MongoDB across multiple sites


We’re running through a large upgrade process and thinking about our replicaset and how many members we need for optimal uptime.

We have two main data centres and our office network as a 3rd location. We should really only be serving data out of our Primary or Secondary data centre.

Would you choose a 5 or 7 member replicaset with 2 or 3 data bearing nodes in each data centre and an arbiter in our office to vote in an election? Any argument for making the arbiter a data member? The only thing I can think of would be of if we lost both data centres for a significant period of time.

In either case, if we lose the primary or secondary site, we still have the majority available assuming the other 3 or 4 members can communicate.

Having 3 members allows a little tolerance for an initial sync should we require one. We do not currently shard our data and therefore our data size is significantly larger than the recommended 2TB limit (something we’re looking to change, but unlikely until next year). But 3 members comes with a storage cost.



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Hi @clivestrong,

It’s hard to give a truly enlighten advice without the full picture but I will try to, at least, add a few considerations in the mix.

Running with an arbiter is never optimal but in your case, as you only have 2 data centers and you don’t want to have data in the 3rd one you have, it definitely makes sense.

My first question would be: which write concern are you using?

Let’s suppose you are running a 5 nodes replica set like this (but it would be the same issue with 7 nodes):

  • DC 1: P+S
  • DC 2: S+S
  • DC3: A

If you are using w=“majority”, you won’t be able to write anymore if you have a network partition that isolated one of the data centers (1 or 2). You would still have a P because 2 nodes + the Arbiter would still be able to elect a node but in this case majority = 3 and a write would be validated by the cluster only if 3 nodes were able to acknowledge the write operation which is impossible with the A in the mix.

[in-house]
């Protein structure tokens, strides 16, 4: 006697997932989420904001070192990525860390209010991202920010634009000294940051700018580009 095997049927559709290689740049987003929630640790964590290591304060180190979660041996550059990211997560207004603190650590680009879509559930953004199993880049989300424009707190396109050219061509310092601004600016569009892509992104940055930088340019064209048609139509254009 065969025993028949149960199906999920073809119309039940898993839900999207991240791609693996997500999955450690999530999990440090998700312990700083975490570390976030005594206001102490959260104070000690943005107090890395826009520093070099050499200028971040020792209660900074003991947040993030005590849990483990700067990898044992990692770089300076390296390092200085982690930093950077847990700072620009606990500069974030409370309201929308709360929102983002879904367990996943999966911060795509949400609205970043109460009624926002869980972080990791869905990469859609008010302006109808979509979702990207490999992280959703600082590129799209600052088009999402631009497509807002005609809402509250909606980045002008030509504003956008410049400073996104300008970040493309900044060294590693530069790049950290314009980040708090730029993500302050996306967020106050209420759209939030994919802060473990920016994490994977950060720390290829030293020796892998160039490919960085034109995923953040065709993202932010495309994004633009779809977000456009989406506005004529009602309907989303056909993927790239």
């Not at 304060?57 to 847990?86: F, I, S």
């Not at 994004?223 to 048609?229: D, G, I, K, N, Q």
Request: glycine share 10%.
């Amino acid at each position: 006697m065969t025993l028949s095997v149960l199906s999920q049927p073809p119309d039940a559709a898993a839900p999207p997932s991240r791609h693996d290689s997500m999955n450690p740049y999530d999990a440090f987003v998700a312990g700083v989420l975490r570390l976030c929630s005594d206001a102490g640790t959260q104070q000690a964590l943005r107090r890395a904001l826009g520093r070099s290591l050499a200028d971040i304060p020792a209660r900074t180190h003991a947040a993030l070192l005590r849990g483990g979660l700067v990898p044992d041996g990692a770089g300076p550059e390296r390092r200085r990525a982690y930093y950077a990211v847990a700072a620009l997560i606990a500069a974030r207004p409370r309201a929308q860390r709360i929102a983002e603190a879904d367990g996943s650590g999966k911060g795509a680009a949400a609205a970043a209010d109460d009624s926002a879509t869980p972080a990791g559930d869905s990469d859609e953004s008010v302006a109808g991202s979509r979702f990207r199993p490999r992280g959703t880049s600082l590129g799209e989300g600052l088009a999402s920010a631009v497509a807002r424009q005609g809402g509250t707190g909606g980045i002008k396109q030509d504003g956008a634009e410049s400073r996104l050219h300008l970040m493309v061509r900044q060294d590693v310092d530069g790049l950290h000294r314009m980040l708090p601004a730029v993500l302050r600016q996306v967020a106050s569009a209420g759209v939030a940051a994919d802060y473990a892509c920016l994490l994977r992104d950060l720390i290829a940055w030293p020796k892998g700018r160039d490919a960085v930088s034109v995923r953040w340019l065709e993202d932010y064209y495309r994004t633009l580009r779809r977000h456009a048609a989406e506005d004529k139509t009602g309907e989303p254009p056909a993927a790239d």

Replace the A by an S with p=0 and this issue disappear because your S with p=0 can still vote and therefore still acknowledge write operations but cannot be elected primary.

That being said, w=1 (default) and w=2 operations would still be fine in this configuration but w=“majority”=3 would fail.

Adding 2 nodes (one in each DC1 and 2) would not solve the issue as it would make majority = 4. But at least w=3 operations would then work fine.

Write operations are more likely to be acknowledged by nodes close to the primary due to the latency between the nodes so also note that in the case of a 5 nodes RS, w=2 write operations might be way faster than w=3 - depending how far away your 2 DC are from each other.

Let’s imagine that the DC3 with the A is halfway in the middle of the 2 other DC.

  • latency between DC1 and DC2: 100ms
  • latency between DC1 and DC3: 50ms
  • latency between DC2 and DC3: 50ms

Again, in this scenario, changing the A into an S with p=0 and v=1 would reduce the time for a w=3 write operation by 2 as the DC3 in the middle would acknowledge the write operation twice as fast than the other DC.

In general, I would not recommend w=“majority” write operations in a RS with an A because then the cluster is not truly Highly Available (HA). In my example, it would fail in a network partition scenario. If w=1 or 2 write operations are also used, they could be rollbacked if the Arbiter switches side and now decides to elect a P in DC2 without sync between DC1 & DC2.

I hope this helps a little :smiley:!


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Hi Maxime,

I was comfortable with the election side of things, but the notes around the S in the 3rd DC and latency for writes is very useful information for me. Food for thought!

Thank you for the insight.


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